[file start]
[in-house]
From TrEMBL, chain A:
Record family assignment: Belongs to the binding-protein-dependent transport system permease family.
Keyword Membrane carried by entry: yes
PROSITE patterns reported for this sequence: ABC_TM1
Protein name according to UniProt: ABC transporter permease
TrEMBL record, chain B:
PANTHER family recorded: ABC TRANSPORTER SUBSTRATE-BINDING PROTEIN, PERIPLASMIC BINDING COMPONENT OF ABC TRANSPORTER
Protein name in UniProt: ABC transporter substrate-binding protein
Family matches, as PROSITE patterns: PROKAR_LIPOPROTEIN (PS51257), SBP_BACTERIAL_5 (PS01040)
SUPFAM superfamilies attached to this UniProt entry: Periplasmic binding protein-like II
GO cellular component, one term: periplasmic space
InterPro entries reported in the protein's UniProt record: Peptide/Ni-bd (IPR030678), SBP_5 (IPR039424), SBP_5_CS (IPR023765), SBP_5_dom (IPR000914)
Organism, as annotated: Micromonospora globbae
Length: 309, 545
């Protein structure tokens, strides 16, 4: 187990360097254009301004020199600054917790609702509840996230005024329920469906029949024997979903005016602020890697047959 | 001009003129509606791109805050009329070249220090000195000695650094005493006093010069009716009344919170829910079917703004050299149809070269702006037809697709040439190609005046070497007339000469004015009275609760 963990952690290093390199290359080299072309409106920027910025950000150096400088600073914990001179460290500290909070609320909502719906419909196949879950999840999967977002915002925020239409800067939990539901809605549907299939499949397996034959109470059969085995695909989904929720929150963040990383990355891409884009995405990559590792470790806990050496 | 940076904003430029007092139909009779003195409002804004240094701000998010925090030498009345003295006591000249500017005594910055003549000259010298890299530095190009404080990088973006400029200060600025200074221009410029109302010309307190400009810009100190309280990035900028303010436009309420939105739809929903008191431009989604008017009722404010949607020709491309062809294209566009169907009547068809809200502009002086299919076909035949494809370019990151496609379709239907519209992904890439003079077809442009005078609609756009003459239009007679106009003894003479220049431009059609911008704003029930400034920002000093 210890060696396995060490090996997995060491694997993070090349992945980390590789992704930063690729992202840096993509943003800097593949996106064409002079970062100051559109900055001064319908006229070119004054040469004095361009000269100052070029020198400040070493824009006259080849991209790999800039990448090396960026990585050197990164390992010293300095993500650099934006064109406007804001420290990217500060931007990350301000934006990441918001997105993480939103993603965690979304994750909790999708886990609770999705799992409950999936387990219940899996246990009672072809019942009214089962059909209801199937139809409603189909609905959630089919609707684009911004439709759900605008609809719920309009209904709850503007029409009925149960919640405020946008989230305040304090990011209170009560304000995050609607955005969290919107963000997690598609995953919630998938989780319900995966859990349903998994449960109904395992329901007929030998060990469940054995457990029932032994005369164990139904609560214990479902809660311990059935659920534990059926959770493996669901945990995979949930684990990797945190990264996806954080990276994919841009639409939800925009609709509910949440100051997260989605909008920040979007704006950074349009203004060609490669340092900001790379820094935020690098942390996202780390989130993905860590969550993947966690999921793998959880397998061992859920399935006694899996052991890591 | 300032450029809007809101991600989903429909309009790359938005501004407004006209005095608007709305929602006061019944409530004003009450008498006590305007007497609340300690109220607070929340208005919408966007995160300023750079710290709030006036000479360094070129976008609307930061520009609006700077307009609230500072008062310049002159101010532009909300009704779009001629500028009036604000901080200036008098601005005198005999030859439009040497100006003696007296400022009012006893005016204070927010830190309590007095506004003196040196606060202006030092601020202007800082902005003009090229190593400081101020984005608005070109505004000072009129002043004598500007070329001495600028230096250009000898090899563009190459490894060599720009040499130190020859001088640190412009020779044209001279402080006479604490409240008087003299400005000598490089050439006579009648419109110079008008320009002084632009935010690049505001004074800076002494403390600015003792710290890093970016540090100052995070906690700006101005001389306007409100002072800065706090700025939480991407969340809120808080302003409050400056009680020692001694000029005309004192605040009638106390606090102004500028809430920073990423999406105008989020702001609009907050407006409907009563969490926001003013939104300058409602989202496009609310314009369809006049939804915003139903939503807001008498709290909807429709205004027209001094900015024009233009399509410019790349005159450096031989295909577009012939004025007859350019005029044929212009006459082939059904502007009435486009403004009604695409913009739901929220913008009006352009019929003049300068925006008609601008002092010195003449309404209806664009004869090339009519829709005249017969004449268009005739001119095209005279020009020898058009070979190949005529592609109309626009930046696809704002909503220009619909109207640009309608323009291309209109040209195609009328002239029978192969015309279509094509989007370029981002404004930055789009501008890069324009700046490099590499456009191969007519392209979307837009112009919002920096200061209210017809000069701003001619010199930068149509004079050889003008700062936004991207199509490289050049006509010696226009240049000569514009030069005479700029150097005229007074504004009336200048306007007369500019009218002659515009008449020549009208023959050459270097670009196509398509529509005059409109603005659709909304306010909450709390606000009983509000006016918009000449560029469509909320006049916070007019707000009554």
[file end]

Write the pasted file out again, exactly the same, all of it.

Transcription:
[in-house]
From TrEMBL, chain A:
Record family assignment: Belongs to the binding-protein-dependent transport system permease family.
Keyword Membrane carried by entry: yes
PROSITE patterns reported for this sequence: ABC_TM1
Protein name according to UniProt: ABC transporter permease
TrEMBL record, chain B:
PANTHER family recorded: ABC TRANSPORTER SUBSTRATE-BINDING PROTEIN, PERIPLASMIC BINDING COMPONENT OF ABC TRANSPORTER
Protein name in UniProt: ABC transporter substrate-binding protein
Family matches, as PROSITE patterns: PROKAR_LIPOPROTEIN (PS51257), SBP_BACTERIAL_5 (PS01040)
SUPFAM superfamilies attached to this UniProt entry: Periplasmic binding protein-like II
GO cellular component, one term: periplasmic space
InterPro entries reported in the protein's UniProt record: Peptide/Ni-bd (IPR030678), SBP_5 (IPR039424), SBP_5_CS (IPR023765), SBP_5_dom (IPR000914)
Organism, as annotated: Micromonospora globbae
Length: 309, 545
């Protein structure tokens, strides 16, 4: 187990360097254009301004020199600054917790609702509840996230005024329920469906029949024997979903005016602020890697047959 | 001009003129509606791109805050009329070249220090000195000695650094005493006093010069009716009344919170829910079917703004050299149809070269702006037809697709040439190609005046070497007339000469004015009275609760 963990952690290093390199290359080299072309409106920027910025950000150096400088600073914990001179460290500290909070609320909502719906419909196949879950999840999967977002915002925020239409800067939990539901809605549907299939499949397996034959109470059969085995695909989904929720929150963040990383990355891409884009995405990559590792470790806990050496 | 940076904003430029007092139909009779003195409002804004240094701000998010925090030498009345003295006591000249500017005594910055003549000259010298890299530095190009404080990088973006400029200060600025200074221009410029109302010309307190400009810009100190309280990035900028303010436009309420939105739809929903008191431009989604008017009722404010949607020709491309062809294209566009169907009547068809809200502009002086299919076909035949494809370019990151496609379709239907519209992904890439003079077809442009005078609609756009003459239009007679106009003894003479220049431009059609911008704003029930400034920002000093 210890060696396995060490090996997995060491694997993070090349992945980390590789992704930063690729992202840096993509943003800097593949996106064409002079970062100051559109900055001064319908006229070119004054040469004095361009000269100052070029020198400040070493824009006259080849991209790999800039990448090396960026990585050197990164390992010293300095993500650099934006064109406007804001420290990217500060931007990350301000934006990441918001997105993480939103993603965690979304994750909790999708886990609770999705799992409950999936387990219940899996246990009672072809019942009214089962059909209801199937139809409603189909609905959630089919609707684009911004439709759900605008609809719920309009209904709850503007029409009925149960919640405020946008989230305040304090990011209170009560304000995050609607955005969290919107963000997690598609995953919630998938989780319900995966859990349903998994449960109904395992329901007929030998060990469940054995457990029932032994005369164990139904609560214990479902809660311990059935659920534990059926959770493996669901945990995979949930684990990797945190990264996806954080990276994919841009639409939800925009609709509910949440100051997260989605909008920040979007704006950074349009203004060609490669340092900001790379820094935020690098942390996202780390989130993905860590969550993947966690999921793998959880397998061992859920399935006694899996052991890591 | 300032450029809007809101991600989903429909309009790359938005501004407004006209005095608007709305929602006061019944409530004003009450008498006590305007007497609340300690109220607070929340208005919408966007995160300023750079710290709030006036000479360094070129976008609307930061520009609006700077307009609230500072008062310049002159101010532009909300009704779009001629500028009036604000901080200036008098601005005198005999030859439009040497100006003696007296400022009012006893005016204070927010830190309590007095506004003196040196606060202006030092601020202007800082902005003009090229190593400081101020984005608005070109505004000072009129002043004598500007070329001495600028230096250009000898090899563009190459490894060599720009040499130190020859001088640190412009020779044209001279402080006479604490409240008087003299400005000598490089050439006579009648419109110079008008320009002084632009935010690049505001004074800076002494403390600015003792710290890093970016540090100052995070906690700006101005001389306007409100002072800065706090700025939480991407969340809120808080302003409050400056009680020692001694000029005309004192605040009638106390606090102004500028809430920073990423999406105008989020702001609009907050407006409907009563969490926001003013939104300058409602989202496009609310314009369809006049939804915003139903939503807001008498709290909807429709205004027209001094900015024009233009399509410019790349005159450096031989295909577009012939004025007859350019005029044929212009006459082939059904502007009435486009403004009604695409913009739901929220913008009006352009019929003049300068925006008609601008002092010195003449309404209806664009004869090339009519829709005249017969004449268009005739001119095209005279020009020898058009070979190949005529592609109309626009930046696809704002909503220009619909109207640009309608323009291309209109040209195609009328002239029978192969015309279509094509989007370029981002404004930055789009501008890069324009700046490099590499456009191969007519392209979307837009112009919002920096200061209210017809000069701003001619010199930068149509004079050889003008700062936004991207199509490289050049006509010696226009240049000569514009030069005479700029150097005229007074504004009336200048306007007369500019009218002659515009008449020549009208023959050459270097670009196509398509529509005059409109603005659709909304306010909450709390606000009983509000006016918009000449560029469509909320006049916070007019707000009554």